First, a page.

Castle in Sztum

Sztum - The castle of the Teutonic Knights

in 1236 the fort was captured by the Teutonic Knights. Until the end of the Thirteen Years' War (1453-1466) Sztum Castle was a seat of the local Teutonic Order official. The earlier earth and timber fortifications were replaced in the early 14th century by a stone and brick stronghold.


Perfectly situated and well fortified, the castle in Sztum served as a military base for crusaders staging wars against pagan Lithuania. In 1377 Archduke Albrecht Habsburg stayed at the castle, leaving his family colour as a gift of gratitude to the Sztum administrative district. He also commissioned to build a monumental castle tower, since then known as the Albrecht Tower.

During the Great War between the Teutonic Order and the Kingdom of Poland and Duchy of Lithuania (1409-1411), Sztum was occupied by the Polish army marching from Grunwald (Tannenberg) towards Malbork. After the unsuccessful siege of the capital of the Teutonic state, the Polish corps which stationed at Sztum Castle for three weeks defended the fortress against attacks staged by Teutonic Knights. Eventually, they obeyed the order of the Polish king, Władysław Jagiełło and surrendered the castle.

Since 1416, following some extension, the castle became a summer residence of the Grand Master of the Order. In the same year, a settlement located on a nearby river islet was granted a town's charter by the Order's Grand Master, Michael Kuchmaister von Stemberg.

During the Thirteen Years' War, the Polish troops unsuccessfully besieged the castle for six weeks. It was not until the 6th of January 1468 that the Teutonic Knights left the castle. On the same day, Ścibor Bażyński, whose family would later lease the castle and the town until 1503, was appointed head of the Sztum district.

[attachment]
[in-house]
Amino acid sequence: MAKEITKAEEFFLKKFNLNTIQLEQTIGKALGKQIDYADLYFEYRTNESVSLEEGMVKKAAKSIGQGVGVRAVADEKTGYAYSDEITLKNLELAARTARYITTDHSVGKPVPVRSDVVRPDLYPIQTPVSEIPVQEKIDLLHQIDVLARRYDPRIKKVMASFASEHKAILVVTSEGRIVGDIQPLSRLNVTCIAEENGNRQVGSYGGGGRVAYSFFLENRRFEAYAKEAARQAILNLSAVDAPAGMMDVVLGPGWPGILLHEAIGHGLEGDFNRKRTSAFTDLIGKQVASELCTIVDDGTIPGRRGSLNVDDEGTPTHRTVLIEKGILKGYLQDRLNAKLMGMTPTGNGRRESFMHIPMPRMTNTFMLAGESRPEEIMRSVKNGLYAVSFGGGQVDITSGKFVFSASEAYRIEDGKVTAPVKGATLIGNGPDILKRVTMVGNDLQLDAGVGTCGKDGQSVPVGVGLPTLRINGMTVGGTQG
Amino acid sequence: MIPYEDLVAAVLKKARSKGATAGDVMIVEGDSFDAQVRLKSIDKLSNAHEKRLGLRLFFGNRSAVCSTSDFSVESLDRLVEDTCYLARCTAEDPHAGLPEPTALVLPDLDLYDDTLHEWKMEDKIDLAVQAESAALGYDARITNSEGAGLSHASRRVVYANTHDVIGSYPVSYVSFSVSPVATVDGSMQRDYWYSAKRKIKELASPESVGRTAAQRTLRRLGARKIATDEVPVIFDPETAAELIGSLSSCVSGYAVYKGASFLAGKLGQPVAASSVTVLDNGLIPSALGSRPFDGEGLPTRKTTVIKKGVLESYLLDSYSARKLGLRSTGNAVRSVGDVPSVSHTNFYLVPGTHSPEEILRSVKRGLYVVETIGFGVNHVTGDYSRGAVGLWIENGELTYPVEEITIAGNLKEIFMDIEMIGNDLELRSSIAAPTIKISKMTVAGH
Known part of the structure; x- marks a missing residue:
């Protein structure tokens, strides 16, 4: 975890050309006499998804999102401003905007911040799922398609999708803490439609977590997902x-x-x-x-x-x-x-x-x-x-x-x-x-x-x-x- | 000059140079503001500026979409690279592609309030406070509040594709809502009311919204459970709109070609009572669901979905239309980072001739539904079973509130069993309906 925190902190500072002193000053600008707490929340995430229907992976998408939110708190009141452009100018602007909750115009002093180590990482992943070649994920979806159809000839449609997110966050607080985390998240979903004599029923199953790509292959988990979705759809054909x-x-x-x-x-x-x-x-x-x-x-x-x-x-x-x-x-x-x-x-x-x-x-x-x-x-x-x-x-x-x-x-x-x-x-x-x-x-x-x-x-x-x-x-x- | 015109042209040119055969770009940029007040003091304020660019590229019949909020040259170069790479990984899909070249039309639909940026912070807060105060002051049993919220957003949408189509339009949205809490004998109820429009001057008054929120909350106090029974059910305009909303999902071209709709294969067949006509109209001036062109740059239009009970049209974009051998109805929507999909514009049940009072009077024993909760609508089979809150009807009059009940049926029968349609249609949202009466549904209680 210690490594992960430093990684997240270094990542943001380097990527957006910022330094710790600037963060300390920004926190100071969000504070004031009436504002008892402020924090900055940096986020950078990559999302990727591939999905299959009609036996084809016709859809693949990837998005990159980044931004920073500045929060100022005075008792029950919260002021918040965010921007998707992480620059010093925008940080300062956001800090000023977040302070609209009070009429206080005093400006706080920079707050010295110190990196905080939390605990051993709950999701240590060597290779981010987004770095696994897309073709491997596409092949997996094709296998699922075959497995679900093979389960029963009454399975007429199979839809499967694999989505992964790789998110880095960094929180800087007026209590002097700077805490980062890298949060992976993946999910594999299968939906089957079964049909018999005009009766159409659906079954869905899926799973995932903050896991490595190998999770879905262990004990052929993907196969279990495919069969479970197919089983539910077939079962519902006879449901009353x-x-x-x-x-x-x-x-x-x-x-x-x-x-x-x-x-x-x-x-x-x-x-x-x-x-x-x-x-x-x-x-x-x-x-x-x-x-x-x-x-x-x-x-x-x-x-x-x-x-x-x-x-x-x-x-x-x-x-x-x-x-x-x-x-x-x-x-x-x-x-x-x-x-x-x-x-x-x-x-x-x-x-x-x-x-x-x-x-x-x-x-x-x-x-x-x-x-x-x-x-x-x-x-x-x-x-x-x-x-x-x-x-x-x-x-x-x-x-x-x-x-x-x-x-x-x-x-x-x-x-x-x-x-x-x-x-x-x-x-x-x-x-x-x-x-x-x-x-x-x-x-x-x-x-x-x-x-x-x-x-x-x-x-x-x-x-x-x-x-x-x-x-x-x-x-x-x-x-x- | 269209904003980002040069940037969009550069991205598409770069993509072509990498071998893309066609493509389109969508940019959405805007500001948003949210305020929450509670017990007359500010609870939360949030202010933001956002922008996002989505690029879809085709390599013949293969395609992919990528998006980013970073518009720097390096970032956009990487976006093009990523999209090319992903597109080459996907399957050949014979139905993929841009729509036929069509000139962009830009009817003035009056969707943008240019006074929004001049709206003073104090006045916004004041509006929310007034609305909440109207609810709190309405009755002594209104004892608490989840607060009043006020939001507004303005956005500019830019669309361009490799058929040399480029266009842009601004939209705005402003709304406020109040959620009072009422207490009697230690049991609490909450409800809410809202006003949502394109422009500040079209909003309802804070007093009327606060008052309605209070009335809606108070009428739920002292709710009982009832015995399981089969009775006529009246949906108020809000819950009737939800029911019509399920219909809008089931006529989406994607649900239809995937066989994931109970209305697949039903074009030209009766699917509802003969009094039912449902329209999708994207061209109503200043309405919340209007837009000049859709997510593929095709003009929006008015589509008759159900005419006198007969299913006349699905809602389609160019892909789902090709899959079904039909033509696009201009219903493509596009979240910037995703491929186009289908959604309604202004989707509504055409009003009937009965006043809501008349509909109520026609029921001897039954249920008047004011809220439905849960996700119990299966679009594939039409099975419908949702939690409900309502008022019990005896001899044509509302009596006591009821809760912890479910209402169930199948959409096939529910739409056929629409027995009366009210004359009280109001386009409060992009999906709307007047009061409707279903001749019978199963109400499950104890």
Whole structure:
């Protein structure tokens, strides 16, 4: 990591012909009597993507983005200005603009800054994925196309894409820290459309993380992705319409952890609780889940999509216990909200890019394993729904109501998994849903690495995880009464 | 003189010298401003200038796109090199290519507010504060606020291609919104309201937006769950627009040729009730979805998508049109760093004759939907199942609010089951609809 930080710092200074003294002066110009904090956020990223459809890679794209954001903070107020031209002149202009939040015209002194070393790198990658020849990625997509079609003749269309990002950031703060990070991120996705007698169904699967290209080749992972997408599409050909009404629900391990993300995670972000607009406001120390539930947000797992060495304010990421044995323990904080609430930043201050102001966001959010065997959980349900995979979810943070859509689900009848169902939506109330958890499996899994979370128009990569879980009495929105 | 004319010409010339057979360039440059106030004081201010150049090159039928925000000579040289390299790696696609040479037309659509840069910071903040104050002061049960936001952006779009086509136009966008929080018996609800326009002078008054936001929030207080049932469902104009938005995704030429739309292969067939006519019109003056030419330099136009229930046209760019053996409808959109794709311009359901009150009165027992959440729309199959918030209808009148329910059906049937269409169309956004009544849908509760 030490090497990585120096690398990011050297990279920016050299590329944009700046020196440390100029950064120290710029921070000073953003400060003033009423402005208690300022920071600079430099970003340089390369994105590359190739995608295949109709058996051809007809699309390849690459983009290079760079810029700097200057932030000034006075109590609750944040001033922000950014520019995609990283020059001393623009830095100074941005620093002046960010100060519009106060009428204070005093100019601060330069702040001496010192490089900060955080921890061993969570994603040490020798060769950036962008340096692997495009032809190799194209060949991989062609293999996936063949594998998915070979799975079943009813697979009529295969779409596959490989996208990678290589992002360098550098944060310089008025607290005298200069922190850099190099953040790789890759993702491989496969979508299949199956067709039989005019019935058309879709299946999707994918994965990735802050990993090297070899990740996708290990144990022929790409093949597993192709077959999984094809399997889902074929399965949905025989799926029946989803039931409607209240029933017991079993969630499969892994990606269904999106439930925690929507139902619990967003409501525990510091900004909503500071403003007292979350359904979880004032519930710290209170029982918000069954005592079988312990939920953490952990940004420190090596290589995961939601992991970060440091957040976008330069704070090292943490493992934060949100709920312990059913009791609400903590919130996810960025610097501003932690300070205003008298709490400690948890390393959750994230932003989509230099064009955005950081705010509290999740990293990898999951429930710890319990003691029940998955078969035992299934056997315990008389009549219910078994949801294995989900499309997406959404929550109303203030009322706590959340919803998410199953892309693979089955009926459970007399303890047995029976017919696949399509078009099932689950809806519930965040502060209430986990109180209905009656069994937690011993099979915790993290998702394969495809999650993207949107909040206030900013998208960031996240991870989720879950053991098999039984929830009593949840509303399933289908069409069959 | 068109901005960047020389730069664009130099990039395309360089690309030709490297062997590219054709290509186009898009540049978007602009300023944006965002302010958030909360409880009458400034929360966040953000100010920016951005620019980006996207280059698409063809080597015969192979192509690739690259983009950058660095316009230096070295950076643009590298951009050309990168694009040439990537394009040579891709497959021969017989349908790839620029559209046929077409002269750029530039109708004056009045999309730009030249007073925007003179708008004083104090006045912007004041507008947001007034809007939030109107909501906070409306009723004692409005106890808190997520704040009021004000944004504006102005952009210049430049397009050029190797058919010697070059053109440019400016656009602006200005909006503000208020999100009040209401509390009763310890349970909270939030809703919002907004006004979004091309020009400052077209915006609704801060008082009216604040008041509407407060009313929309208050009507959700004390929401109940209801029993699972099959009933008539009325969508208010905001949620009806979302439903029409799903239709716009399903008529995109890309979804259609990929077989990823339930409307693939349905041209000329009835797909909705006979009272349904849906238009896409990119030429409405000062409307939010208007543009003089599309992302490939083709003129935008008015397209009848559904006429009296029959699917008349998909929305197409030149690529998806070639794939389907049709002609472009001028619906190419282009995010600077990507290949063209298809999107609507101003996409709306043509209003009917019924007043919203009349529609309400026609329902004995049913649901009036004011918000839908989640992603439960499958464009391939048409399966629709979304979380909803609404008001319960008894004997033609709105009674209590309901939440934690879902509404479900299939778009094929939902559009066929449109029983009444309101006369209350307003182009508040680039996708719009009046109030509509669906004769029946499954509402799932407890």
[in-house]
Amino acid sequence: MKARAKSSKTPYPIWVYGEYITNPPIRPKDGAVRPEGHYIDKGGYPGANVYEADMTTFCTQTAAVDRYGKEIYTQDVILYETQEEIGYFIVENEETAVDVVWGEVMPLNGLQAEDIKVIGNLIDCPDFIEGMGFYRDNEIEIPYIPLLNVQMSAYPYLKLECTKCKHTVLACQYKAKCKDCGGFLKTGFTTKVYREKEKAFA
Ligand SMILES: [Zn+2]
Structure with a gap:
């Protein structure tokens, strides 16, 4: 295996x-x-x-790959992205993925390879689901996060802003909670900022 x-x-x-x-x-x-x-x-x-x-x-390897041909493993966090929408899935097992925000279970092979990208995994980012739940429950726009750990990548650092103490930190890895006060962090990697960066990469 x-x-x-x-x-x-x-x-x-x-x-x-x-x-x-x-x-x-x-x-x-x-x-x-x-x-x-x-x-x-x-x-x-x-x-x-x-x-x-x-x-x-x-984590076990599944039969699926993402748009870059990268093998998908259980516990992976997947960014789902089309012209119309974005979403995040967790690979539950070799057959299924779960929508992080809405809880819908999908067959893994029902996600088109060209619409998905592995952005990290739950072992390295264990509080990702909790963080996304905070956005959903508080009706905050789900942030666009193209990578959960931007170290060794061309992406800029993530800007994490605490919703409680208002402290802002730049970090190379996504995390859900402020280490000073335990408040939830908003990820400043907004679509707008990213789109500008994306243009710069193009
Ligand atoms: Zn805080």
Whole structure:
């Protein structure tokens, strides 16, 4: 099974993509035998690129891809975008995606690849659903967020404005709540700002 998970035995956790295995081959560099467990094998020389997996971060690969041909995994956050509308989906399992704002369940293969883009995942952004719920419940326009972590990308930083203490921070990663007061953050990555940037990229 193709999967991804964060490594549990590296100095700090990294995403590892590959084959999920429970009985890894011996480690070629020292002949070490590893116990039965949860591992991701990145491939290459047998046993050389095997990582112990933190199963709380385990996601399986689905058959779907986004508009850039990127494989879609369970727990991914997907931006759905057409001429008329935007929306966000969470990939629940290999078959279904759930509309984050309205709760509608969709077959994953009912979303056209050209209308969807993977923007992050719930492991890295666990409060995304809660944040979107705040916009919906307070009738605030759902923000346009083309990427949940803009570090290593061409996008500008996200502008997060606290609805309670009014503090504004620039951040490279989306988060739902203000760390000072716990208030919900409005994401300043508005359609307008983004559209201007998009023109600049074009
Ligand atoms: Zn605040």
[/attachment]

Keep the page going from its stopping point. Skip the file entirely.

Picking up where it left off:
sztum rk300Among his successors in the office was the bishop Lucas Watzenrode, Nicolas Copernicus's uncle, the family of the Cems, well remembered in the history of Pomerania (1530-1636) and the family of Bielińskis, who governed the land from 1724 to 1772.
During the Swedish wars in the 17th century, the castle and the town of Sztum were badly damaged due to military actions and frequent marches of troops.

After the battle of Trzcian, lost by the Swedes, their monarch Gustav Adolf found a refuge in Sztum Castle. On the 12th September 1635 a truce between Poland and Sweden was signed in Sztumska Wieś, a village near Sztum. Today, the event is reminded by a memorial plaque placed at that site. During the

Swedish Deluge (1655-1660) the town fell into poverty, which was compounded by a great fire of 1683, when even the town hall burnt down. The Mayor of Sztum, Peter Mogge, offered one of his surviving townhouses to be used by the town council and the Lutheran congregation (which had previously held their religious services at the town hall).
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